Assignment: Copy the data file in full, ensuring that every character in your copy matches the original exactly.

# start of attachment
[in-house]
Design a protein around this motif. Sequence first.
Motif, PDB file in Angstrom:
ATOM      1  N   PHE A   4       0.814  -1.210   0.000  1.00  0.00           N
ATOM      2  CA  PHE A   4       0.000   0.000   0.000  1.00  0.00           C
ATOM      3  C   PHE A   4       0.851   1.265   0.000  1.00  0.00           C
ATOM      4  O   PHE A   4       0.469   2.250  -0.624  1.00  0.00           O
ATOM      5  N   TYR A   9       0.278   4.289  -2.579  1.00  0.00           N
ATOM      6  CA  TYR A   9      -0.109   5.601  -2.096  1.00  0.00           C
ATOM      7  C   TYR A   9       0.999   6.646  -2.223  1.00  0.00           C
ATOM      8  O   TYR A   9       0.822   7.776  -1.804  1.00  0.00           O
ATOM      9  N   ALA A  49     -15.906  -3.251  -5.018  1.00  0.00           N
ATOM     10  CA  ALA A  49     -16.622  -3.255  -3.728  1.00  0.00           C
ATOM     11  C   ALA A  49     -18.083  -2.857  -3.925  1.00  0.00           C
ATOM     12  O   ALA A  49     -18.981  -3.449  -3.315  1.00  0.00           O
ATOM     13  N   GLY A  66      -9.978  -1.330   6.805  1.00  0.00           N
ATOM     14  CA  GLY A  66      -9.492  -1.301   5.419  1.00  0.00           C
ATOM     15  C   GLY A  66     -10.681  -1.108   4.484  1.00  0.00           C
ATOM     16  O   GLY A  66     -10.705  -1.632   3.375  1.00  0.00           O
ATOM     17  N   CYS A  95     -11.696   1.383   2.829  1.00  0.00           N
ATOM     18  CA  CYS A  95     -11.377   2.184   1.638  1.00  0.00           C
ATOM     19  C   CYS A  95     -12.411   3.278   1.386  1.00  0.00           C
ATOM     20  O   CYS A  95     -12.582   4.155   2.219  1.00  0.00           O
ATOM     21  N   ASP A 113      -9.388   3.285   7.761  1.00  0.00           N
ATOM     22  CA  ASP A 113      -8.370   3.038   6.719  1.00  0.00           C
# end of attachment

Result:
[in-house]
Design a protein around this motif. Sequence first.
Motif, PDB file in Angstrom:
ATOM      1  N   PHE A   4       0.814  -1.210   0.000  1.00  0.00           N
ATOM      2  CA  PHE A   4       0.000   0.000   0.000  1.00  0.00           C
ATOM      3  C   PHE A   4       0.851   1.265   0.000  1.00  0.00           C
ATOM      4  O   PHE A   4       0.469   2.250  -0.624  1.00  0.00           O
ATOM      5  N   TYR A   9       0.278   4.289  -2.579  1.00  0.00           N
ATOM      6  CA  TYR A   9      -0.109   5.601  -2.096  1.00  0.00           C
ATOM      7  C   TYR A   9       0.999   6.646  -2.223  1.00  0.00           C
ATOM      8  O   TYR A   9       0.822   7.776  -1.804  1.00  0.00           O
ATOM      9  N   ALA A  49     -15.906  -3.251  -5.018  1.00  0.00           N
ATOM     10  CA  ALA A  49     -16.622  -3.255  -3.728  1.00  0.00           C
ATOM     11  C   ALA A  49     -18.083  -2.857  -3.925  1.00  0.00           C
ATOM     12  O   ALA A  49     -18.981  -3.449  -3.315  1.00  0.00           O
ATOM     13  N   GLY A  66      -9.978  -1.330   6.805  1.00  0.00           N
ATOM     14  CA  GLY A  66      -9.492  -1.301   5.419  1.00  0.00           C
ATOM     15  C   GLY A  66     -10.681  -1.108   4.484  1.00  0.00           C
ATOM     16  O   GLY A  66     -10.705  -1.632   3.375  1.00  0.00           O
ATOM     17  N   CYS A  95     -11.696   1.383   2.829  1.00  0.00           N
ATOM     18  CA  CYS A  95     -11.377   2.184   1.638  1.00  0.00           C
ATOM     19  C   CYS A  95     -12.411   3.278   1.386  1.00  0.00           C
ATOM     20  O   CYS A  95     -12.582   4.155   2.219  1.00  0.00           O
ATOM     21  N   ASP A 113      -9.388   3.285   7.761  1.00  0.00           N
ATOM     22  CA  ASP A 113      -8.370   3.038   6.719  1.00  0.00           C